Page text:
It was nearly 11 months ago when a lifelong friend, Sarah was tragically hit by a car while riding her bike. She was rushed to a nearby trauma center where she remained in critical condition for days. Aspiration pneumonia and a stroke were among the complications that ensued in the following weeks. But I’m glad to say that she is back on her feet today thanks to modern medicine and lots of personal fortitude.
This week, for the first time, I had the opportunity to sit down with Sarah and her husband, Brian and heard the details of her accident and recovery. Sarah has little memory of her first 2 weeks that were spent in ICU. But for Brian, every detail from the first call to the discharge is etched in his memory forever. As he recapped the experience, I was impressed by the way he forged a strong partnership with the medical team that gave him strength, information and a sense that he was a welcomed member of the care team.
We talk a lot in healthcare about patient and family-centered care but unfortunately in many situations it’s just lip service. In Brian’s case, it was a true partnership. Was it perfect? Not by any stretch of the imagination. But it became a partnership that they feel very good about and would rate the hospital and care team very highly on. Brian quickly discovered that the handoffs left information gaps between shifts and intensivist rotations. He learned he had to arrive at 6:30 am in order to be present for rounds so that he could fill in information gaps himself. As he recounted the stories, I was amazed that he was assertive enough to chime in during rounds to add details about Sarah’s labs and history.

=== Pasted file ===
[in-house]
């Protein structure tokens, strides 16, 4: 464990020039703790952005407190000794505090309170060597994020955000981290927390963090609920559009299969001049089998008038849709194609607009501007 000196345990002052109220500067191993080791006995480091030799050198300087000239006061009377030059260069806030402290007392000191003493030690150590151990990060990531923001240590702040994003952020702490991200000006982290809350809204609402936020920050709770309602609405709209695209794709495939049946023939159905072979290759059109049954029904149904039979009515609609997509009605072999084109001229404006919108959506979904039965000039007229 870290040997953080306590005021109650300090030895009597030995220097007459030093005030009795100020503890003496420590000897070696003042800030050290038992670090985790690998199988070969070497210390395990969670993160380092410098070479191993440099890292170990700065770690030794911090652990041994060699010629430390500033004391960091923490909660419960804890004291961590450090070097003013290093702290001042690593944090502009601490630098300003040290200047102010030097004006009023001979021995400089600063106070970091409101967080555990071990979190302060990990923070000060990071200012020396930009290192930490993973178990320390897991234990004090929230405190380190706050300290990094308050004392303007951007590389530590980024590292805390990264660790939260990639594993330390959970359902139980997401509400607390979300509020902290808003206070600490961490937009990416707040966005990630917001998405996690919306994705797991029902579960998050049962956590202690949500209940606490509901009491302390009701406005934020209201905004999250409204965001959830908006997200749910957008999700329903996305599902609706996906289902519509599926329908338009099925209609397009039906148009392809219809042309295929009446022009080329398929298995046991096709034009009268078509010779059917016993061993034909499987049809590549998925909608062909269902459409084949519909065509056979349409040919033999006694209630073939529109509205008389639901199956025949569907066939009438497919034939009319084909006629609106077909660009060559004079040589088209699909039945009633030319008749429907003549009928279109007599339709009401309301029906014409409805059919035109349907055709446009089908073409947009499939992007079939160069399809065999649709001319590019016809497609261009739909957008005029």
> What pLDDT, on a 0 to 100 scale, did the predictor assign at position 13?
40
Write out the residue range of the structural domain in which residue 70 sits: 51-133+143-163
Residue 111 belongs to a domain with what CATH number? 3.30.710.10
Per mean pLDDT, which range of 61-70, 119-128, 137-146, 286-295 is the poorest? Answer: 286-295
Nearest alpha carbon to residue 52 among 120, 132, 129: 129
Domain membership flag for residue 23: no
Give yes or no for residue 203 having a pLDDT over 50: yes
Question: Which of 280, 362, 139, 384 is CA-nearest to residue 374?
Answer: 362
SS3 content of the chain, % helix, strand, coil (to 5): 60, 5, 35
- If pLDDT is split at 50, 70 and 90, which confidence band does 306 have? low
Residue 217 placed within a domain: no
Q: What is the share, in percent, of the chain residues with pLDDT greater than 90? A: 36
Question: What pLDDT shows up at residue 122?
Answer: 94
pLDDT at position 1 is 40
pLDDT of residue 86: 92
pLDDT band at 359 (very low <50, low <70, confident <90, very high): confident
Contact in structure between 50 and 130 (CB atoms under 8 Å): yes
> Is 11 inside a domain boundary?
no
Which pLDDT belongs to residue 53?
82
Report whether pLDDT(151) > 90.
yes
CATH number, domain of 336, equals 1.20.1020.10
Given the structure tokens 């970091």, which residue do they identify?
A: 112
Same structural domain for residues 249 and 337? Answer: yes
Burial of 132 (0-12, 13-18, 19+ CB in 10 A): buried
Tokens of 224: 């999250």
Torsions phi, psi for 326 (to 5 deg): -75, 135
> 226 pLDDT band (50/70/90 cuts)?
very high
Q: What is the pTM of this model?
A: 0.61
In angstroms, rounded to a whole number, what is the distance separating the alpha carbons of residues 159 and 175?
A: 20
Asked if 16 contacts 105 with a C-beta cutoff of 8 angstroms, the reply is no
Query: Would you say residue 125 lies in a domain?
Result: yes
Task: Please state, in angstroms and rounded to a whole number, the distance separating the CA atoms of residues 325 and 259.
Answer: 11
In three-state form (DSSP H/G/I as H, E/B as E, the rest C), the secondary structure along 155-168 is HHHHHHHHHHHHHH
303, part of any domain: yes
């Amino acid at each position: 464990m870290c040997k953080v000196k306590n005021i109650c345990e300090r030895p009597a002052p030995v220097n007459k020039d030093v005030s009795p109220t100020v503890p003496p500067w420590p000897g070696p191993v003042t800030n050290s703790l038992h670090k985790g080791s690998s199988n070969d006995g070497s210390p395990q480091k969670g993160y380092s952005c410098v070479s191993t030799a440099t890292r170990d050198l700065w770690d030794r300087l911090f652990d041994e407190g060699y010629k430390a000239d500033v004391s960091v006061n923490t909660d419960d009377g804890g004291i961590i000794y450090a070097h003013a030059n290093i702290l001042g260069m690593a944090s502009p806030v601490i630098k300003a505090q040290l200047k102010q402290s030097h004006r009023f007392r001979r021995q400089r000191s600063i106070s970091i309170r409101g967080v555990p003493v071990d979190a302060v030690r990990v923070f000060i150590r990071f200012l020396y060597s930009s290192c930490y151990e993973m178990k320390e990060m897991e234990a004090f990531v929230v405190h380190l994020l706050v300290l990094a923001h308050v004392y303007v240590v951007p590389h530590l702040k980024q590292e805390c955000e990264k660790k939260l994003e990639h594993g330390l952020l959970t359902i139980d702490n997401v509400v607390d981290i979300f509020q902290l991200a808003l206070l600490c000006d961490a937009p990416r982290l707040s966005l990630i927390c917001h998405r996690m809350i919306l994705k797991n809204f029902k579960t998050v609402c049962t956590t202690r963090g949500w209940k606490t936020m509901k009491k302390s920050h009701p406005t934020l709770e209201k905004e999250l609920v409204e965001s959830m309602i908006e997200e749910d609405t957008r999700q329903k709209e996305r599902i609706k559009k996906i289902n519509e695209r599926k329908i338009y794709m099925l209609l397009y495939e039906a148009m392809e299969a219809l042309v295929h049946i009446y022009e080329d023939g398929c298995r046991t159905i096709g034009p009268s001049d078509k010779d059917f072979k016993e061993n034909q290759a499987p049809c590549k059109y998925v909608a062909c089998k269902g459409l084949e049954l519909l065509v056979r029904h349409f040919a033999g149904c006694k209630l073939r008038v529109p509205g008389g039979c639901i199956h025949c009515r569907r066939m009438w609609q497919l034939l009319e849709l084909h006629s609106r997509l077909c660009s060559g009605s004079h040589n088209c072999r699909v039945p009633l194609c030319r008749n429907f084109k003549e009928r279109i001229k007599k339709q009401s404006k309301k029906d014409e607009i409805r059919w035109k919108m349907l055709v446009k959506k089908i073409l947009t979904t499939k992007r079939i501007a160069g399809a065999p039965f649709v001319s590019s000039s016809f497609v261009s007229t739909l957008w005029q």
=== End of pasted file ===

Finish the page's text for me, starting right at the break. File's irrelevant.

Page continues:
From Brian’s perspective, the doctors and nurses were smart, attentive and caring. But as an IT expert, Brian knows that handoffs are still often fraught with information gaps that aren’t filled unless you read the entire EMR. Change in shifts and staff can create dangerous lapses in information. Because of this, Brian became the gap-filler and a valued member of the team. Never once did he feel that he wasn’t welcomed to be there for report or to add input and ask questions. What he described was a wonderful, confidence-building partnership. Their description of a true partnership-in-action is one that I’d love to see replicated across the country a million times a day. Let’s make it happen.